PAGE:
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Jan. 12, 2021, 2:16 p.m. EST

U.S. heads toward 23 million COVID-19 cases as three lawmakers test positive after Capitol lockdown

News adds to fears that last week’s attack on the U.S. seat of government created two superspreader events

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By Ciara Linnane, MarketWatch

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The number of confirmed global cases of the coronavirus-borne illness COVID-19 climbed above 91 million on Tuesday, and the U.S. case tally headed toward 23 million, as three Democratic lawmakers who were forced to shelter in place during last week’s attack on the Capitol tested positive for the virus.

Reps. Bonnie Watson Coleman of New Jersey, Pramila Jayapal of Washington and Brad Schneider of Illinois said they believe their diagnoses are a direct result of being crowded into small rooms during the siege with colleagues who did not wear face masks, the Associated Press reported. Experts have worried that the lockdown at the Capitol would become a superspreader event.

Schneider tweeted that that he was worried he may be risking his wife’s health, and blasted the Republican lawmakers who “adamantly refused to wear a mask, even when politely asked to do so by their colleagues.”

The rioting mob are expected to have created a separate superspreader event as most of the people who were televised roaming around the corridors were not wearing face masks, as Dr. Robert Redfield, head of the Centers for Disease Control and Prevention told McClatchy.

“I do think you have to anticipate that this is another surge event,” Redfield said in an interview with the newspaper group. “You had largely unmasked individuals in a non-distanced fashion, who were all through the Capitol.”

The U.S. added at least 222,902 new cases on Monday, according to a New York Times tracker, and at least 2,048 people died. The U.S. has averaged 250,721 cases a day for the past week.

There are currently 129,748 COVID-19 patients in U.S. hospitals, according to the COVID Tracking Project , just below the record of 132,464 set on Jan. 6. The U.S. continues to lead the world by cases, at 22.6 million, and deaths, at 377,616, or about a fifth of the global toll, according to data aggregated by Johns Hopkins University.

On the vaccine front, the CDC’s tracker shows that as of 9.00 a.m. ET Monday, almost 9 million Americans had received a jab, and 25.5 million doses had been distributed, lagging early targets.

President Donald Trump has left it to states to administer the vaccine program, meaning that stressed state health departments, which have already had to deal with testing, contact tracing, public information campaigns and deciding when or whether schools or businesses should be open or closed, are now tasked with handling the biggest public health effort in decades.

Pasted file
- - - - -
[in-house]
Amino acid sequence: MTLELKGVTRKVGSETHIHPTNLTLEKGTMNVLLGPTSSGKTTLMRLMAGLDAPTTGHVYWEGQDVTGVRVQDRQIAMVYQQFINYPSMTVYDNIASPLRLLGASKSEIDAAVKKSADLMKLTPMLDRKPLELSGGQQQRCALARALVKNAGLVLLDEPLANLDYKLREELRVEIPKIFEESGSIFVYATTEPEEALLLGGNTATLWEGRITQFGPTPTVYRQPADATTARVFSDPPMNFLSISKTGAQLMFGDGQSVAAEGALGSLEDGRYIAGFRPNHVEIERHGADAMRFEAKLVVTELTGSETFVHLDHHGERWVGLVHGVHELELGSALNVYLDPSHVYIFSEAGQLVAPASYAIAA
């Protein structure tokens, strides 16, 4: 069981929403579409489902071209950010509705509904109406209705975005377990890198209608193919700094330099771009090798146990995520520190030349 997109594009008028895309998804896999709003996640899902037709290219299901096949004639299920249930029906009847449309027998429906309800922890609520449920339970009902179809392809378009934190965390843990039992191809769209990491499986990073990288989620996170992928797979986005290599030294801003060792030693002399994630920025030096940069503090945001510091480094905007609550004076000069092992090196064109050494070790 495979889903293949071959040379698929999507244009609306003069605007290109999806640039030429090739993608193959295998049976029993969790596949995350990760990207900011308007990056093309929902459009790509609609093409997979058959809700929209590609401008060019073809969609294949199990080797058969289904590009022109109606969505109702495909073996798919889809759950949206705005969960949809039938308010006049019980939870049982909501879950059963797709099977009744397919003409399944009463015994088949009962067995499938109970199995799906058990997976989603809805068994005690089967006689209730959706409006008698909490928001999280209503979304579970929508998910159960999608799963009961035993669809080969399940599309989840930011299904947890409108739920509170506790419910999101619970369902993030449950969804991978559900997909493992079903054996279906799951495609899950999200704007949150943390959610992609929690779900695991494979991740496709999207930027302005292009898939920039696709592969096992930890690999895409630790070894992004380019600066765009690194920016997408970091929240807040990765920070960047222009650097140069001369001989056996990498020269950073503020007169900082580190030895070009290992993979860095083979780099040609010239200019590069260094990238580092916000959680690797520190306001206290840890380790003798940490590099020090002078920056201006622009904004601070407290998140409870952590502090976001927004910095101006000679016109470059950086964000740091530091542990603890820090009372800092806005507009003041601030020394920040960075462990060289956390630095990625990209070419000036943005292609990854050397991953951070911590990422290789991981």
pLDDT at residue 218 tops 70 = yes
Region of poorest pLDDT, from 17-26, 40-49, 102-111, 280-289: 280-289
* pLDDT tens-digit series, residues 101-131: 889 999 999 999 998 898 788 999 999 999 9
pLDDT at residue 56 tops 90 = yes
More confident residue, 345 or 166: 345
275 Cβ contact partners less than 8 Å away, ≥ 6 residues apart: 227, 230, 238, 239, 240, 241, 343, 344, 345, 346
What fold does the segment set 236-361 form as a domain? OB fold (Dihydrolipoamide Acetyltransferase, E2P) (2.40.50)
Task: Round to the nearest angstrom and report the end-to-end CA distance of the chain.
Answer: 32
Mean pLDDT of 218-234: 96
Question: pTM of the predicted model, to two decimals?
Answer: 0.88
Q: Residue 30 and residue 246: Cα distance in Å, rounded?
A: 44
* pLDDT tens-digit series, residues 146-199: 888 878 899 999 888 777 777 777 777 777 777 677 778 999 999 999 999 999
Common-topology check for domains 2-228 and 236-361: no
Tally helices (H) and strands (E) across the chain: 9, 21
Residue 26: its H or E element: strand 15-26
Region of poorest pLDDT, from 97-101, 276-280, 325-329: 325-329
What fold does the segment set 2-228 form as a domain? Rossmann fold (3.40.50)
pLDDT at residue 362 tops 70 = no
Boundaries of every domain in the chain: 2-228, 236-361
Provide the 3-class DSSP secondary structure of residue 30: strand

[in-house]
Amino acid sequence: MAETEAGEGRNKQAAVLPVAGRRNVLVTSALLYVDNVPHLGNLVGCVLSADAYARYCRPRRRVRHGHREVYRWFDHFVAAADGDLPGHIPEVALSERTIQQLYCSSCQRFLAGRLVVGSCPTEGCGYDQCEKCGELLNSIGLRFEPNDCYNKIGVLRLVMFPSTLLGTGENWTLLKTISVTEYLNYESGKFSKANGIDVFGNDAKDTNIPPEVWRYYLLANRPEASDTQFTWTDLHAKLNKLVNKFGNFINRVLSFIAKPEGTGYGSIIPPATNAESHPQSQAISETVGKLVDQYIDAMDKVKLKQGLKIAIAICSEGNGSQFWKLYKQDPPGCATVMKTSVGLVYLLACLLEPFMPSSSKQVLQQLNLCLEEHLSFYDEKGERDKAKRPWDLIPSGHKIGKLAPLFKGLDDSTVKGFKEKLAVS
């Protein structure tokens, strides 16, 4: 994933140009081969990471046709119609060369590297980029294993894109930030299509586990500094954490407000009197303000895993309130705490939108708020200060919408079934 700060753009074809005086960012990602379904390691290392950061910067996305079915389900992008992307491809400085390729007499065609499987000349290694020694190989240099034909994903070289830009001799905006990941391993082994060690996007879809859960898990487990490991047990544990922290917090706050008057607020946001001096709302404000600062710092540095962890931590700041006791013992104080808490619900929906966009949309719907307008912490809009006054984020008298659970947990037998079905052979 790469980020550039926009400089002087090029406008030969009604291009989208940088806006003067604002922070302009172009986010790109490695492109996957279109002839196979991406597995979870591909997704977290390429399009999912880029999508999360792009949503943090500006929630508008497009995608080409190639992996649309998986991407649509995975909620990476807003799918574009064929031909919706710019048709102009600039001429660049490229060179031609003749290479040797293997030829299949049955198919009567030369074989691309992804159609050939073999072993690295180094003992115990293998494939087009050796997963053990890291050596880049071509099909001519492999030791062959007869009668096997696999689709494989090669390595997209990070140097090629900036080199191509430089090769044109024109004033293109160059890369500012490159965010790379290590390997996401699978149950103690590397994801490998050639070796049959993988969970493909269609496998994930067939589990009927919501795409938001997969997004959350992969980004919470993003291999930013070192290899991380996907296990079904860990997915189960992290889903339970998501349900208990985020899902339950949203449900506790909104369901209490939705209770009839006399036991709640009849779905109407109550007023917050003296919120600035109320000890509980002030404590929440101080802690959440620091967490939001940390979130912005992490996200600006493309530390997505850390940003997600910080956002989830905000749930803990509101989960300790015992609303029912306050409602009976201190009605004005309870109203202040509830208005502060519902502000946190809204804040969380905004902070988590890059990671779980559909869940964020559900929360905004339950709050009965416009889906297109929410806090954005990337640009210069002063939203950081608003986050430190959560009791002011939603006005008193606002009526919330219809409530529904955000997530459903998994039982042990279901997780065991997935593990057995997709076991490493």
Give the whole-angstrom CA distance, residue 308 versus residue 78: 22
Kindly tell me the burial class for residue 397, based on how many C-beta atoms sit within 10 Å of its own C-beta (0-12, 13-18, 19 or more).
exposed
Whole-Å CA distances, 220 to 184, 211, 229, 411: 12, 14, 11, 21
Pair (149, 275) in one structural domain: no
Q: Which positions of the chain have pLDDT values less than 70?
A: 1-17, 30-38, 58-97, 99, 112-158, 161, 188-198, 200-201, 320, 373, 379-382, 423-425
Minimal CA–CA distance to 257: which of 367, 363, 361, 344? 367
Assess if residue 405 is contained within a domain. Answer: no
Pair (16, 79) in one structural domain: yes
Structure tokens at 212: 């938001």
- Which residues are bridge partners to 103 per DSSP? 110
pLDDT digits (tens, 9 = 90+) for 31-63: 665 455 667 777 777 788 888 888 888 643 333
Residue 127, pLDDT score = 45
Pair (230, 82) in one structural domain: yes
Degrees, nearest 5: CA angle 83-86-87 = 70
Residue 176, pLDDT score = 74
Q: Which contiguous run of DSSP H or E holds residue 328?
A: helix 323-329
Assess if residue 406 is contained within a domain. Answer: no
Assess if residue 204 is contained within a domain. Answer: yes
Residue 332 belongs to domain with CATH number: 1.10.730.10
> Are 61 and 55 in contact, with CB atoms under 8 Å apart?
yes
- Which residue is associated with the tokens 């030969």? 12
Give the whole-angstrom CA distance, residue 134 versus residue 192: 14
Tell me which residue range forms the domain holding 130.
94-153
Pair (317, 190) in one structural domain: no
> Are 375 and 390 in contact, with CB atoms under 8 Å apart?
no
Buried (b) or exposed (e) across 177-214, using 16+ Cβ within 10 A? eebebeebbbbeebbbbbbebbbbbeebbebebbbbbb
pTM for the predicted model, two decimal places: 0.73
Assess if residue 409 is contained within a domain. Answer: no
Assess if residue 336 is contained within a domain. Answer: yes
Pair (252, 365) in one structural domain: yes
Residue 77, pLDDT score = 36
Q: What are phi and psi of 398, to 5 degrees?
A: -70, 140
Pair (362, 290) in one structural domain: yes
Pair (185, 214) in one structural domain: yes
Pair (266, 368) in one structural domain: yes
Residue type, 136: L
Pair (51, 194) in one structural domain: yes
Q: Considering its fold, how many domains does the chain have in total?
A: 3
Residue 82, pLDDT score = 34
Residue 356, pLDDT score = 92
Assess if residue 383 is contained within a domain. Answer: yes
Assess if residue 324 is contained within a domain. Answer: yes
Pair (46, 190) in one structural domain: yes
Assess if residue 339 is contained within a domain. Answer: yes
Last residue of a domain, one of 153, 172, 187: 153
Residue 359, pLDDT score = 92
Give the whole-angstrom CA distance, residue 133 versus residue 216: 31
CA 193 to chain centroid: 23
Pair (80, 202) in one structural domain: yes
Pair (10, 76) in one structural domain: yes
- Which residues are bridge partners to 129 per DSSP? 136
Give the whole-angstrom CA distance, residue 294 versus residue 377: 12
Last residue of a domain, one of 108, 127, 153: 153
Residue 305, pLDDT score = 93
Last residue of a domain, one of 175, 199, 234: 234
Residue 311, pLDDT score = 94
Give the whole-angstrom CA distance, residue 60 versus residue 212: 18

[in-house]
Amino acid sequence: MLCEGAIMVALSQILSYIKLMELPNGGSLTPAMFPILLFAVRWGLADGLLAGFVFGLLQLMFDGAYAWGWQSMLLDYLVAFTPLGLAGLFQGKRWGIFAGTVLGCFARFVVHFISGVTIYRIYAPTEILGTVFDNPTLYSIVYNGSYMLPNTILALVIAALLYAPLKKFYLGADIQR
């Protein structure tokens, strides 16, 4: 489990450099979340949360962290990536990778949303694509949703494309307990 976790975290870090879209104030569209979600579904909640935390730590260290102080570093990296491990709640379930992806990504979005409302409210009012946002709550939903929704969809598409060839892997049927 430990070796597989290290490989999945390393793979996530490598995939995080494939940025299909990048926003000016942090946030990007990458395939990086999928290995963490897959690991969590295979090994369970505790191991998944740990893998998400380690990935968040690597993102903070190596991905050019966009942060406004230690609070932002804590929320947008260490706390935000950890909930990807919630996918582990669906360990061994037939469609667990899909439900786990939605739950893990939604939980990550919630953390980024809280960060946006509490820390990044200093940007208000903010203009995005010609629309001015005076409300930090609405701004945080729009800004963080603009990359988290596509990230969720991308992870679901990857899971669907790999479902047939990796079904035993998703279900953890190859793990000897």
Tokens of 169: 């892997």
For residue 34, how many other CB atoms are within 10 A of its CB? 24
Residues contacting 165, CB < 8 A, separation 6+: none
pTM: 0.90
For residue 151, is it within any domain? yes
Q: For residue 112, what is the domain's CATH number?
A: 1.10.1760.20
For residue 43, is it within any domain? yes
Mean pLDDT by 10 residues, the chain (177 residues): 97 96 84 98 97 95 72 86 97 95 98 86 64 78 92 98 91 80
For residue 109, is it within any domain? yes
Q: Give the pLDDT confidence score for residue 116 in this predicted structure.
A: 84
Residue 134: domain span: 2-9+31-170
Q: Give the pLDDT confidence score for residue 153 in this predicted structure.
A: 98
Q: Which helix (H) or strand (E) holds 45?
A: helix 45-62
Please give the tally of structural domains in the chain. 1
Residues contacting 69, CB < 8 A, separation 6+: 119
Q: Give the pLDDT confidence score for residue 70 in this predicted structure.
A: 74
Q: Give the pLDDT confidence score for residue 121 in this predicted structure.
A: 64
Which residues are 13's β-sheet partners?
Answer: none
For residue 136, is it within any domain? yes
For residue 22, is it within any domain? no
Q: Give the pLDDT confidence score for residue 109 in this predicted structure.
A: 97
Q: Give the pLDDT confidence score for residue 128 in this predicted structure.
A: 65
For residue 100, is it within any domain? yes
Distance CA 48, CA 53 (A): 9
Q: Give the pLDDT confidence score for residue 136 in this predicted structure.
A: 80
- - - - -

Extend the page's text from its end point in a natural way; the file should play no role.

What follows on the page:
Health and Human Services Alex Azar announced two major changes to the program on Tuesday, the AP reported. First, the government will no longer hold back required second doses of the Pfizer -BioNTech /zigman2/quotes/202877789/composite PFE +0.70% /zigman2/quotes/214419716/composite BNTX -2.80%  and Moderna vaccines, practically doubling supply.

Second, states should immediately start vaccinating other groups lower down the priority scale, including people age 65 and older, and younger people with certain health problems. The news comes days after President-elect Joe Biden said he would distribute vaccines immediately.

A Kaiser Family Foundation analysis of the program published by the nonprofit health-care think tank on Monday found that while all 50 states are vaccinating health care workers and long-term care residents first, as recommended by the CDC’s independent Advisory Committee on Immunization Practices (ACIP), at least 16 are allowing other groups to be vaccinated simultaneously.

States are not obliged to follow the ACIP’s recommendations, but are being encouraged to do so as it gives them a science-based framework to follow that can ultimately help end the pandemic more swiftly.

“Overall, we find states are increasingly diverging from CDC guidance and from each other, suggesting that access to COVID-19 vaccines in these first months of the U.S. vaccine campaign may depend a great deal on where one lives,” the analysis found. “In addition, timelines vary significantly across states, regardless of priority group, resulting in a vaccine rollout labyrinth across the country.”

Read now: The majority of states aren’t following the CDC’s coronavirus vaccination distribution recommendations

Meanwhile, a World Health Organization official said that she doesn’t expect to see herd immunity to the coronavirus in 2021 even as mass vaccinations in some countries are already rolling out.

Dr. Soumya Swaminathan, the WHO’s chief scientist, also urged continued use of public-health mitigation practices, which include mask wearing and social distancing.

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